Break Through Your Threshold: Are You Killing Your Relationship? by Jai Maa

Break Through Your Threshold: Are you Killing Your Relationship? 
By Jai Maa

Have you ever wanted something from someone else so badly that you were willing to do anything to get it? You were willing to give up power, manipulate, and try to control the other person to give you what you wanted? How miserable did you make yourself and the other by being attached?

Let’s say the person says “no” to your request, and you feel desperate to get them to see things your way. Perhaps you try to change their perspective by sharing your perspective in many different ways, thinking they’ll eventually “get it” if you just help them see why you’re right. You feel insecure by the other person’s point of view and need them to change.

And they still said, “no.”

If you are deeply attached, you now need a more intense strategy to get them to say “yes.” Perhaps you pull back your so-called love and withhold kindness and affection until they cave. Not honoring someone’s “no” means you don’t have respect for this person’s ability to choose for themselves. This is not love.

If they still won’t give you what you want, you may begin to push their buttons by saying hurtful things, or bring up past wounds in hopes they will feel bad and doubt themselves. When the verbal or emotional manipulations don’t work, maybe you’ll demean to attacking them physically, whether it be their body or personal property. You feel so desperate to get the other person to comply with you wishes, you have now degraded yourself to verbal, emotional, and perhaps even physical abuse.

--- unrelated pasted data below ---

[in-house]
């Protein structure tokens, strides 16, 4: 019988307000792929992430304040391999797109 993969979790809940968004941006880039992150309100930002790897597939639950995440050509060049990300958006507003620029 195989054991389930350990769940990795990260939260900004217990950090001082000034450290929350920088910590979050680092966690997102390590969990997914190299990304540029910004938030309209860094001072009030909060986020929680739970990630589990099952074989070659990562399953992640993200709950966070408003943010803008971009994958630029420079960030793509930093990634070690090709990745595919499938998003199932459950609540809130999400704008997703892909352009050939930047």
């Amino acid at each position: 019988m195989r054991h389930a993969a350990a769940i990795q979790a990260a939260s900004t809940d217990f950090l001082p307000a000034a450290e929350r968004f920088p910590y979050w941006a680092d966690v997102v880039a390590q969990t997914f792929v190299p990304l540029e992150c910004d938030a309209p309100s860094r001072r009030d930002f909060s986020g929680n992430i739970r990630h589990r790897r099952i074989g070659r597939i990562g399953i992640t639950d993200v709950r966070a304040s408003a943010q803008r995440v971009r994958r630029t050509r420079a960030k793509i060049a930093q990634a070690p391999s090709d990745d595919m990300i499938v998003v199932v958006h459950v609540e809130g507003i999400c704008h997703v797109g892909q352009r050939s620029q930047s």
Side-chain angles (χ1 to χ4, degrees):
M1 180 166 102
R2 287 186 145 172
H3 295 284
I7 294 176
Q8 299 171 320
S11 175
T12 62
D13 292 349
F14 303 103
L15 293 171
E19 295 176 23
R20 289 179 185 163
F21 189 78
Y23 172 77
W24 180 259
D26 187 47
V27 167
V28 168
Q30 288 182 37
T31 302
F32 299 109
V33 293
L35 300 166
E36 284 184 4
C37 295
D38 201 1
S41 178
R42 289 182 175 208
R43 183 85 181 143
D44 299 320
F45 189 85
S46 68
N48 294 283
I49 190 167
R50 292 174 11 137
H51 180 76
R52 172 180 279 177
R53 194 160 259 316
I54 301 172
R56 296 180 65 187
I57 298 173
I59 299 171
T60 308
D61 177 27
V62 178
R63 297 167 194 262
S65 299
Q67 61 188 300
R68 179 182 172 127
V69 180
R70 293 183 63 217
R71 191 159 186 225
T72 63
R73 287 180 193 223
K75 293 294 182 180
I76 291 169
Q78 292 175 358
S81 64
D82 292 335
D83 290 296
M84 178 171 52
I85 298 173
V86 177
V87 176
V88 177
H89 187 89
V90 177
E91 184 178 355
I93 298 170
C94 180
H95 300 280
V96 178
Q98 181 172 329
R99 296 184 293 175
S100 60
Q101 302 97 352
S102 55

Even if you don’t succumb to abusive behavior, simply withholding love and affection because you’re not getting what you want is like a slow venom drip that will inevitably kill the love and trust in your relationship. If you do succeed in getting the other person to bend to your will, they will feel less trusting and resentful toward you.

Let’s say you’re on the other end of the spectrum and someone wants something from you. Your answer is “no” but you are attached to how the other person will perceive you. You feel afraid they might be upset and even retaliate because you said “no,” so you’re willing to betray yourself in order to keep the peace. It seems easier just to give them what they want, even though you are giving away your power. You feel weakened, vulnerable, and like a victim when you do not stay true to yourself.

Furthermore, you can’t be trusted. Saying “yes” when you don’t want to is dishonest. Giving in to someone who is disrespecting your right to choose freely reveals that you don’t respect yourself either.

In order to allow the love to flow in any relationship, you must release attachments to needing anything from anyone else in order to feel secure within yourself. You must also release attachment to how you are perceived when you stand in your integrity. You deserve healthy, thriving relationships, and this is necessary inner work to obtaining and keeping them.

Enlightenment Challenge: Take an honest inventory of yourself. Resist the urge to diagnose the other person. Are you attached to another person giving you what you want? Or, are you attached to how you are perceived when saying “no”?


Jai Maa